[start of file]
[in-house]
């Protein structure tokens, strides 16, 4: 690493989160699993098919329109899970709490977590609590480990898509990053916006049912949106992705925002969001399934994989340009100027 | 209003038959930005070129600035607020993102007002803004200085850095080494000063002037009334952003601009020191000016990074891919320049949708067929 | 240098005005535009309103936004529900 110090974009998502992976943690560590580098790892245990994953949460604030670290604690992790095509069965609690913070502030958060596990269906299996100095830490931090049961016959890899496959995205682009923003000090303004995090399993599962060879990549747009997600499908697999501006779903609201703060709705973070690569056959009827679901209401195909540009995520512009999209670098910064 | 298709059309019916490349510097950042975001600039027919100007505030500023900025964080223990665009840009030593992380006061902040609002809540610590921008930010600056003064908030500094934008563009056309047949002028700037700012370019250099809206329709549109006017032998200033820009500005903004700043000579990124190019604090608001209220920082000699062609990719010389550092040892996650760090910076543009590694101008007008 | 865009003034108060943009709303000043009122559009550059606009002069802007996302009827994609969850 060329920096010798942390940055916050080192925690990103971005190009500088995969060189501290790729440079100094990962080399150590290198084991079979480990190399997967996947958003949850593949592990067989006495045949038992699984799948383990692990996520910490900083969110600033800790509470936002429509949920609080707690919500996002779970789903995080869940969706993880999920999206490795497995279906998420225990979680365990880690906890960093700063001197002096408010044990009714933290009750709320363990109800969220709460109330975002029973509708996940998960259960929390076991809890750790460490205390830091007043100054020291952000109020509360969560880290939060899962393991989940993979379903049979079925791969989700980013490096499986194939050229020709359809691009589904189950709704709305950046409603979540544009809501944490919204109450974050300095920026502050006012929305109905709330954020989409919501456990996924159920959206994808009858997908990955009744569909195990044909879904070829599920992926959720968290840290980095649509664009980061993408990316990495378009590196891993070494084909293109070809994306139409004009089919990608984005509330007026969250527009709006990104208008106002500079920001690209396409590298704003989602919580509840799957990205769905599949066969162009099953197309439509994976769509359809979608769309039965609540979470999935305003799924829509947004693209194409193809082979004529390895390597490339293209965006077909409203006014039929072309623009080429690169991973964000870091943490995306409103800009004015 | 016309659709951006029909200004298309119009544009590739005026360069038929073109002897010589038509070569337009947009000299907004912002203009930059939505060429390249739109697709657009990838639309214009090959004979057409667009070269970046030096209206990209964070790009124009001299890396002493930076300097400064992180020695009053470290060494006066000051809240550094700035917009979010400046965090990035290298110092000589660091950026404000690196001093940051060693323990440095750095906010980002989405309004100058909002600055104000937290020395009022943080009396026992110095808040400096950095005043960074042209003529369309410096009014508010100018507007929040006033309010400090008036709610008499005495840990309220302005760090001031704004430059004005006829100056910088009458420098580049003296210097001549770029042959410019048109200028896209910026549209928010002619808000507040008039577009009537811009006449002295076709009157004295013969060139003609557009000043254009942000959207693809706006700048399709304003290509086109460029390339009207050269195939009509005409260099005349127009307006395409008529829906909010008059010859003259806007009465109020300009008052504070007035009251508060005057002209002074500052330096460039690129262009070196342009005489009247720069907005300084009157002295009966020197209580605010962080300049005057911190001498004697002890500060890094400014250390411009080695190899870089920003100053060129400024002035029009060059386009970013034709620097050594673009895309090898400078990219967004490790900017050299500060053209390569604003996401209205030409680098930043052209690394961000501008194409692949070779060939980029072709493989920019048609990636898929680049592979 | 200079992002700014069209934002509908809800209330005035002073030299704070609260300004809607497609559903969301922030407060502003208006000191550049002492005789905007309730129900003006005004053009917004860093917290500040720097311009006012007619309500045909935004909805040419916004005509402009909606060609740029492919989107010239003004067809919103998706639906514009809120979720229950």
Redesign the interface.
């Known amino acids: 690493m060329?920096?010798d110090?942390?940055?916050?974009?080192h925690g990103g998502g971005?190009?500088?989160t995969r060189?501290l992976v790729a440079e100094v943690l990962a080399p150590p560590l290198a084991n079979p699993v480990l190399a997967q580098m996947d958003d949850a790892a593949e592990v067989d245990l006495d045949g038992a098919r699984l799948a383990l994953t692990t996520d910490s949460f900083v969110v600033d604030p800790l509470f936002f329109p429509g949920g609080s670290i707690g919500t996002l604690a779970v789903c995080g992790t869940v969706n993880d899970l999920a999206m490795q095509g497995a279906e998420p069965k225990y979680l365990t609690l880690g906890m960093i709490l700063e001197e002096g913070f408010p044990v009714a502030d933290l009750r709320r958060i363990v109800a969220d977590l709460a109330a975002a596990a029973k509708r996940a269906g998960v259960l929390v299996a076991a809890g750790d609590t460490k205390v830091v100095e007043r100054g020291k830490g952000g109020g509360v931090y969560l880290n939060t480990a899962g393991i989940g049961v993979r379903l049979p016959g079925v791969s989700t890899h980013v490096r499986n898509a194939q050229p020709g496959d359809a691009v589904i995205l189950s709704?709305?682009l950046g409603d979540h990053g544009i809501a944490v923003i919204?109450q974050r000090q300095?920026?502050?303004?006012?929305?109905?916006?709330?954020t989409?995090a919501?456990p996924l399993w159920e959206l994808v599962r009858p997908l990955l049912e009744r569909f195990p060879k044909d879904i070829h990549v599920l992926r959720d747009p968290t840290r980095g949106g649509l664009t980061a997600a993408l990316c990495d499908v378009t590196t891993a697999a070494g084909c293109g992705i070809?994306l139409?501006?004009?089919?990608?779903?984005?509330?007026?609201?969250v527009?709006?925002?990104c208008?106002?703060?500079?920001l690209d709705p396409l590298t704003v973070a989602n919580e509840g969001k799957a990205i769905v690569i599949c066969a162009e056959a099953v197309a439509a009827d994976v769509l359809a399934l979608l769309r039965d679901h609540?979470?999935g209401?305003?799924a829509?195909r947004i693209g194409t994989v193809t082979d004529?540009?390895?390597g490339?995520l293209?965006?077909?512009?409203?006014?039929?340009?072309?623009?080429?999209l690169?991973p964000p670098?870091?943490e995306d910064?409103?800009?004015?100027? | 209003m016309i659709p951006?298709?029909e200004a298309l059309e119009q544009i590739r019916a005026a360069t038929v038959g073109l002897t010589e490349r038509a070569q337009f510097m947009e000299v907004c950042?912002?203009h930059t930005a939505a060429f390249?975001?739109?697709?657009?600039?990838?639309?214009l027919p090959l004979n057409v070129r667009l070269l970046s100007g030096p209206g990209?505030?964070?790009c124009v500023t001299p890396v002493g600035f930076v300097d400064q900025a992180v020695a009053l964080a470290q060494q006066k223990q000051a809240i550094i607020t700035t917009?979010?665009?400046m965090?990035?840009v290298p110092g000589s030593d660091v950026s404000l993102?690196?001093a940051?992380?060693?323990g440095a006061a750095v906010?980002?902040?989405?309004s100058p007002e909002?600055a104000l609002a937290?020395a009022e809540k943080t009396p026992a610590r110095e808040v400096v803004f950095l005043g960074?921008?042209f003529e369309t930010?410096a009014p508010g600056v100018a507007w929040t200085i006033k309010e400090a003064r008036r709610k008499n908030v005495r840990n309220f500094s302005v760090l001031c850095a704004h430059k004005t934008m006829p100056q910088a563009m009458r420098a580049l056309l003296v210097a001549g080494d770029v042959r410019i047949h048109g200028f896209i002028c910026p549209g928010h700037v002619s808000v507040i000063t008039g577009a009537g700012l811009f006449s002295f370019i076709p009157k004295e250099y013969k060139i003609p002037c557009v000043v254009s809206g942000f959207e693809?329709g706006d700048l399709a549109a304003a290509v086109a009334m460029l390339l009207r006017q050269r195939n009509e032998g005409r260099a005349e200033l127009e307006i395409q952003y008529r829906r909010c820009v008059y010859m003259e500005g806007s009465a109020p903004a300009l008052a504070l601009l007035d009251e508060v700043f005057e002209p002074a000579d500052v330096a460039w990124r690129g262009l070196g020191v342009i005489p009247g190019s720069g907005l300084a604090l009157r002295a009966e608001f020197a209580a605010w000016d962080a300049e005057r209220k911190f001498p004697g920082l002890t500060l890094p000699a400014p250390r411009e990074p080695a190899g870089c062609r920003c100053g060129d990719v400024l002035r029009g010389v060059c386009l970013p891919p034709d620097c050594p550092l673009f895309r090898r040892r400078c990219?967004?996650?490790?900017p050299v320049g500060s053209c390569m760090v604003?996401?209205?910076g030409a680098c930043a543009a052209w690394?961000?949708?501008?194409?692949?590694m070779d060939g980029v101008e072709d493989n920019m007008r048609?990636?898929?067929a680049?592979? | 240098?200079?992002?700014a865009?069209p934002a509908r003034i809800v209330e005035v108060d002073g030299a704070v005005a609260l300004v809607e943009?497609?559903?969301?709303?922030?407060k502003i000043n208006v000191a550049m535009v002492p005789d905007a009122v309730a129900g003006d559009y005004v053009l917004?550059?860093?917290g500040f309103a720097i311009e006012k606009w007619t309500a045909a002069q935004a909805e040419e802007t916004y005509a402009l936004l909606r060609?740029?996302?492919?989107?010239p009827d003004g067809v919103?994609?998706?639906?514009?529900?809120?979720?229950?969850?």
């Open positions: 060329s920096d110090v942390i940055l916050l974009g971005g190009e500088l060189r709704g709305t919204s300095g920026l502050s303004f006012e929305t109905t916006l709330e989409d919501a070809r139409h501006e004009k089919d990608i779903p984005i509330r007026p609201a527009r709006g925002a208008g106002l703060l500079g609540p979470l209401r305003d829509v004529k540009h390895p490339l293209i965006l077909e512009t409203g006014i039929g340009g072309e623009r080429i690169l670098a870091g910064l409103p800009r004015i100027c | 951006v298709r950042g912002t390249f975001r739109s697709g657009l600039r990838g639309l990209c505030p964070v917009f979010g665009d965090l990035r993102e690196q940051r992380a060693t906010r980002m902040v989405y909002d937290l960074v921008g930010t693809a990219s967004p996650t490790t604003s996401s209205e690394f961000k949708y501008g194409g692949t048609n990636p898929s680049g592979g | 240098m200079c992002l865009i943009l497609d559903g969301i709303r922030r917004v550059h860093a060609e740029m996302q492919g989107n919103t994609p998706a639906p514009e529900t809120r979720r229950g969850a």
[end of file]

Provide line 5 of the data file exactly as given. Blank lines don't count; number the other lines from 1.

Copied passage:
């Open positions: 060329s920096d110090v942390i940055l916050l974009g971005g190009e500088l060189r709704g709305t919204s300095g920026l502050s303004f006012e929305t109905t916006l709330e989409d919501a070809r139409h501006e004009k089919d990608i779903p984005i509330r007026p609201a527009r709006g925002a208008g106002l703060l500079g609540p979470l209401r305003d829509v004529k540009h390895p490339l293209i965006l077909e512009t409203g006014i039929g340009g072309e623009r080429i690169l670098a870091g910064l409103p800009r004015i100027c | 951006v298709r950042g912002t390249f975001r739109s697709g657009l600039r990838g639309l990209c505030p964070v917009f979010g665009d965090l990035r993102e690196q940051r992380a060693t906010r980002m902040v989405y909002d937290l960074v921008g930010t693809a990219s967004p996650t490790t604003s996401s209205e690394f961000k949708y501008g194409g692949t048609n990636p898929s680049g592979g | 240098m200079c992002l865009i943009l497609d559903g969301i709303r922030r917004v550059h860093a060609e740029m996302q492919g989107n919103t994609p998706a639906p514009e529900t809120r979720r229950g969850a």